Studying comes with a high cost for many students. Today, college students can expect to pay some more in the future. Next school year will become more burdensome for the college students as rates on federal loans are already expected to rise. The increase will start on July 1 for school year 2017 to 2018.
Why the sudden increase? According to sources, the new rates were implemented in accordance to the auction of 10-year notes by the Treasury Department in May 10. Undergraduates will be paying 4.45 percent for the new loans disbursed from July 1, 2017 to June 30, 2017. This is considered a significant increase compared to this year’s rate of 3.76 percent.
On top of this, graduates are said to pay higher financing costs which will begin right after July 1. The students will be paying 6 percent for a direct unsubsidized loan, which will begin accruing the moment the borrower takes out the loan. This is considered an increase compared to the 5.31 percent rate for this year.
Meanwhile, rates on direct PLUS loans which can be used by both graduate students and parents will increase to 7 percent. Last year, this was at 6.31 percent.
The increase will not affect private student loans.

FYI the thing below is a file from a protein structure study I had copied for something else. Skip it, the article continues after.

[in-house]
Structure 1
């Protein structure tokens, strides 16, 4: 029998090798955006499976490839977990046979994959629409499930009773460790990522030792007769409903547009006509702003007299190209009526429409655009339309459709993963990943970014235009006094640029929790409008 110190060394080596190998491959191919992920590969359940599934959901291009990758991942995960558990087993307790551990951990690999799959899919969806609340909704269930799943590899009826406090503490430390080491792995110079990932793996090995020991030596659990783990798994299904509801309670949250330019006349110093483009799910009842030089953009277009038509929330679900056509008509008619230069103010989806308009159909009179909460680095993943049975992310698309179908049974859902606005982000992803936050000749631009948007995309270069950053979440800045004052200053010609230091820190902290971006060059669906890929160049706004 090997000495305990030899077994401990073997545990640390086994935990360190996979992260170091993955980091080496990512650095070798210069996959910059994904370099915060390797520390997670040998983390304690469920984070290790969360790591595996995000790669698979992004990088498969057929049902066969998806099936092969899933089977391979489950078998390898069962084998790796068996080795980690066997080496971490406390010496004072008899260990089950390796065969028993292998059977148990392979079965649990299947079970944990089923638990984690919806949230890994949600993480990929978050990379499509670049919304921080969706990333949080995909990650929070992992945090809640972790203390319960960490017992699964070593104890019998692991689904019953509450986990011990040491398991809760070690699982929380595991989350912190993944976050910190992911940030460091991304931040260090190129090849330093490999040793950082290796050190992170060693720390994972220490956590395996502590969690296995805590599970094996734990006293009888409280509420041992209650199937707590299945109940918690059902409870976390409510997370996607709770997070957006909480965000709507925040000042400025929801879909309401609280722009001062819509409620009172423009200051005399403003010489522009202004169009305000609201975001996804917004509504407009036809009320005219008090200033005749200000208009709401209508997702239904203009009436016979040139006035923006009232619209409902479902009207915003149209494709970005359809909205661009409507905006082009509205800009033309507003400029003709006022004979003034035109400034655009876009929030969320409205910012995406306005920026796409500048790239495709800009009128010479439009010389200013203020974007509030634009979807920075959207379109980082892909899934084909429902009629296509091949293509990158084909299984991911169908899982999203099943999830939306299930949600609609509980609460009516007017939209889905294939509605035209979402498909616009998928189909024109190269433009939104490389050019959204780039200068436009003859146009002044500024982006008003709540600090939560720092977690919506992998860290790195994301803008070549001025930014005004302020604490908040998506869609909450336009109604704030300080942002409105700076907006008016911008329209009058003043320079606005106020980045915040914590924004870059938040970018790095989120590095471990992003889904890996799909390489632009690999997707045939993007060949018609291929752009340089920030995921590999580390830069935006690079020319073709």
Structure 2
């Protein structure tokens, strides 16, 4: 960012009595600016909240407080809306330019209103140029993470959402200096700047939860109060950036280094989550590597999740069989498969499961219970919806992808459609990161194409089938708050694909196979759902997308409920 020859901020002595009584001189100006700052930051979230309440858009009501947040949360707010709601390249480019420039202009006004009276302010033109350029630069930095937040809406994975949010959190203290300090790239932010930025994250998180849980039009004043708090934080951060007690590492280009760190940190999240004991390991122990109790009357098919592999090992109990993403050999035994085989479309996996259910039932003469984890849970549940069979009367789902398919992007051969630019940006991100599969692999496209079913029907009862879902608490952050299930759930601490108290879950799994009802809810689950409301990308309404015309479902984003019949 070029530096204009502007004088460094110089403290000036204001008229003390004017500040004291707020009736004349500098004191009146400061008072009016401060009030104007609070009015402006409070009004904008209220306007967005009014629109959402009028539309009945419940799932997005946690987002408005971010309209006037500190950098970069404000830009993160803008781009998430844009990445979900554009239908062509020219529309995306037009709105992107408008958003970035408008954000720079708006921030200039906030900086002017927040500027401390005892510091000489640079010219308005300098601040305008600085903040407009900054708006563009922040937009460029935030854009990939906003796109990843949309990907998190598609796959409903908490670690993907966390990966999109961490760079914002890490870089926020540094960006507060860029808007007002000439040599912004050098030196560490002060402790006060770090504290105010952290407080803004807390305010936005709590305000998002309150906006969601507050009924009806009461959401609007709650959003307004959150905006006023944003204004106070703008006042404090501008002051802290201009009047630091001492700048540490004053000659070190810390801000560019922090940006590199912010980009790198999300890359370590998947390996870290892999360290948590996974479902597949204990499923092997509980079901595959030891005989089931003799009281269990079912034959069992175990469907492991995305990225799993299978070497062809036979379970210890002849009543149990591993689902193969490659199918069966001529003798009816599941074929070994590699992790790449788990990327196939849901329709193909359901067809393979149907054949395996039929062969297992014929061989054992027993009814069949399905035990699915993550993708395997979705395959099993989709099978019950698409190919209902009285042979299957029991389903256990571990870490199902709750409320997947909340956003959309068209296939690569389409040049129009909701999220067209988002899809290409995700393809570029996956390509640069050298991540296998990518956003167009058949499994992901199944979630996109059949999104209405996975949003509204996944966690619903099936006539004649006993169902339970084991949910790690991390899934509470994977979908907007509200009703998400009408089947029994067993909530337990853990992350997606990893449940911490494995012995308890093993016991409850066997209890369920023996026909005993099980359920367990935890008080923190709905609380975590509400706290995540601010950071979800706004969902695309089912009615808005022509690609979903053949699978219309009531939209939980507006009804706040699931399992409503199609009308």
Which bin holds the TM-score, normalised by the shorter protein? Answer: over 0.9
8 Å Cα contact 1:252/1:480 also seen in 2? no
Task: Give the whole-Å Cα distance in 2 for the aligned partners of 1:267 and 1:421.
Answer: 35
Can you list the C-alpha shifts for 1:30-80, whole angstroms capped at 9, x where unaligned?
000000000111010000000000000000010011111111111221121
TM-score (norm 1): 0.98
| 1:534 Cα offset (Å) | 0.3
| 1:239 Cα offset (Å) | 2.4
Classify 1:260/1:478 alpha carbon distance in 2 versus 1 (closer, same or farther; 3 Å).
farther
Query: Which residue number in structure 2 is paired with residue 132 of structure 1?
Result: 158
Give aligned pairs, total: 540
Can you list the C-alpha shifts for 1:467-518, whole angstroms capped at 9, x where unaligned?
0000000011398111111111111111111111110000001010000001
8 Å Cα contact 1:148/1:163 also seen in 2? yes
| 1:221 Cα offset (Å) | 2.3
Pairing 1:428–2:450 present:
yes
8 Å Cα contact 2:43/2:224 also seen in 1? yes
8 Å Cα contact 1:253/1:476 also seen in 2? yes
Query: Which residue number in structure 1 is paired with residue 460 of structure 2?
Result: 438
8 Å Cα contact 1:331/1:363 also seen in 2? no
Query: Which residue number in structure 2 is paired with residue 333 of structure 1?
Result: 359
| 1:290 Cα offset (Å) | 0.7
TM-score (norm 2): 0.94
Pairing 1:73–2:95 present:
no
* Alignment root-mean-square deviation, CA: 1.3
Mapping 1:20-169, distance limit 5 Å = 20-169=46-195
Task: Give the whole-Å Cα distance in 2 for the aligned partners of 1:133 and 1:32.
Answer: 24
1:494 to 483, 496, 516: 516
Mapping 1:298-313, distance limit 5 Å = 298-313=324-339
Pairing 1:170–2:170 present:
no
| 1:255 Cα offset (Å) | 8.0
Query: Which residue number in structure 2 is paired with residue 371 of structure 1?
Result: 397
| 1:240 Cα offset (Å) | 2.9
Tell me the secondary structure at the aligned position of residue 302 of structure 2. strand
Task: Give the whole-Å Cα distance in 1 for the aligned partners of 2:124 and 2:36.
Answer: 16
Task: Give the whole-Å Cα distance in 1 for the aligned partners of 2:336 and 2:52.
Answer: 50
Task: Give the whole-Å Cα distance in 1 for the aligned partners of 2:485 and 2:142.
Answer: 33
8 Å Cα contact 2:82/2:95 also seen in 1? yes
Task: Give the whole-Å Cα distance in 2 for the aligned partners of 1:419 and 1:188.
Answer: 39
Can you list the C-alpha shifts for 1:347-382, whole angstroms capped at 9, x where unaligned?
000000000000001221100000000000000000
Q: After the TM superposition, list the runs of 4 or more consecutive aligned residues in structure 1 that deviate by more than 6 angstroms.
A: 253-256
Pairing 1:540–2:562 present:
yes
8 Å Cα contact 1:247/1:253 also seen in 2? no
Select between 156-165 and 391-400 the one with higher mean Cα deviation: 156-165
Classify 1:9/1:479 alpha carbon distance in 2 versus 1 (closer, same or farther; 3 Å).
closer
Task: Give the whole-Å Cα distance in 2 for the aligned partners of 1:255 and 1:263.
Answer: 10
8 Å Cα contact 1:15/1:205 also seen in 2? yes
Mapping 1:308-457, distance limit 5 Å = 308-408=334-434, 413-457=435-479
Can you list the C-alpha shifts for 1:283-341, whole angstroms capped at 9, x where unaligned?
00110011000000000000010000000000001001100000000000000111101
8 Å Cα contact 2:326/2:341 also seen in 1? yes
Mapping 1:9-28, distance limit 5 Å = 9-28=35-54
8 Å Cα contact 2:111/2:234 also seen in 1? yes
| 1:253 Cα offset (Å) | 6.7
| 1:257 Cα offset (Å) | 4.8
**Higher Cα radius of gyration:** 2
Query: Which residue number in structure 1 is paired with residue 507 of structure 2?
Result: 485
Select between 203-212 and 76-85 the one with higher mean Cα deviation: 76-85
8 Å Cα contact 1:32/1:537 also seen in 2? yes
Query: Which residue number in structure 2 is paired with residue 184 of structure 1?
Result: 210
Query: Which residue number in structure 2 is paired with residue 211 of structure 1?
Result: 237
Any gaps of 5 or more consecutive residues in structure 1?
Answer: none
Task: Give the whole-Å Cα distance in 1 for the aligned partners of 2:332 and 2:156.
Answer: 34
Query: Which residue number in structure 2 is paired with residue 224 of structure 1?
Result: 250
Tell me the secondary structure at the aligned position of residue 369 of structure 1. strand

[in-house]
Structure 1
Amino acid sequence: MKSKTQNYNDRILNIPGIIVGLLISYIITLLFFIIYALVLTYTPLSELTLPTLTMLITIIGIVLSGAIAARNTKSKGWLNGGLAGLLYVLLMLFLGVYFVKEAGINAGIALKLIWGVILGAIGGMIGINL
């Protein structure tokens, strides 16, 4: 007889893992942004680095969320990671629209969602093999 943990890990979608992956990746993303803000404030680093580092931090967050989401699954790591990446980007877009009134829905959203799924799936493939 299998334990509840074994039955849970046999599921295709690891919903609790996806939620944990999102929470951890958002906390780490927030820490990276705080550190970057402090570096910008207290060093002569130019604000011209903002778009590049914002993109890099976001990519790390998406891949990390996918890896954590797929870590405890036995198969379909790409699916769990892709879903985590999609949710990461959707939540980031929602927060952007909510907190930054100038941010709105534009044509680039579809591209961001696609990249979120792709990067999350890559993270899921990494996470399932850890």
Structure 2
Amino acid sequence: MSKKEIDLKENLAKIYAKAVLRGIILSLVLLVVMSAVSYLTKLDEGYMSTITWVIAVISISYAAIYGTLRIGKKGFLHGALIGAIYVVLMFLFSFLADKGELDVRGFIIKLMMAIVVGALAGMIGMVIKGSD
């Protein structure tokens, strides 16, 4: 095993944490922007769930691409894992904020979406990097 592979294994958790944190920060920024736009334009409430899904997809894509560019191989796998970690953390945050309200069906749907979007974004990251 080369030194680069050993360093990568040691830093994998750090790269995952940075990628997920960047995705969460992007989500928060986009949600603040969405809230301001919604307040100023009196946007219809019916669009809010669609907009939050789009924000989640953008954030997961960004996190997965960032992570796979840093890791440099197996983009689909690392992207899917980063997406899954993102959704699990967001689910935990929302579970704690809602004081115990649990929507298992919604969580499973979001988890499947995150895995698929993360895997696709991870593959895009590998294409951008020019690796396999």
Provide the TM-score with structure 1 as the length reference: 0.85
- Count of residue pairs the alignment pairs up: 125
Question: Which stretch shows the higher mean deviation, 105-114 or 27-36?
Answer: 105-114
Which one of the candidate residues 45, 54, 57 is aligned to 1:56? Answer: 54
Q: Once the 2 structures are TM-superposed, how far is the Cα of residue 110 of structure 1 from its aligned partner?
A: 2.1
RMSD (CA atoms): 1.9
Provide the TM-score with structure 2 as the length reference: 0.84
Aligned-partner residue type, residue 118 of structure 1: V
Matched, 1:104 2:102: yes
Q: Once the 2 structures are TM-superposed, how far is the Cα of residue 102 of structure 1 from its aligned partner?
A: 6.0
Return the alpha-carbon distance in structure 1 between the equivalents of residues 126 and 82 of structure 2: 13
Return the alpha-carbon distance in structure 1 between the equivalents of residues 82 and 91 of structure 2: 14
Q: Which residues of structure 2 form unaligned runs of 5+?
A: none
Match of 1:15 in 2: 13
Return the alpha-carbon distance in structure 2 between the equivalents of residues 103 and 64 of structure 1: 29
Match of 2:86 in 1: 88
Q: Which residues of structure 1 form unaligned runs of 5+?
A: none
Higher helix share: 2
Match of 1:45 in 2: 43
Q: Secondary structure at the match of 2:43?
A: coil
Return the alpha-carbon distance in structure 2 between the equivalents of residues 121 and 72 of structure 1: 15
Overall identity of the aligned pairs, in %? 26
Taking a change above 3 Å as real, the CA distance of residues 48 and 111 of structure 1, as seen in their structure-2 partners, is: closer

Data says that in the US, the total student debt is now over $1.4 trillion.
According to NerdWallet’s student loan calculator, a student who borrowed a total of $25,000 will be paying $5,032 in interest over 10 years with this year’s rate of 3.76 percent.
The rate increase will increase the interest payment to almost $1,000 more if the student plans to borrow the same amount for the next academic year with the new 4.45 percent rate.
The vice president of strategy for college and scholarship search site Cappex.com Mark Kantrowitz says that the increase will be a few dollars a month if the student will choose to stick with the 10-year repayment plan for every $10,000 borrowed. He adds that existing loans will not be affected – only those that are disbursed starting July 1.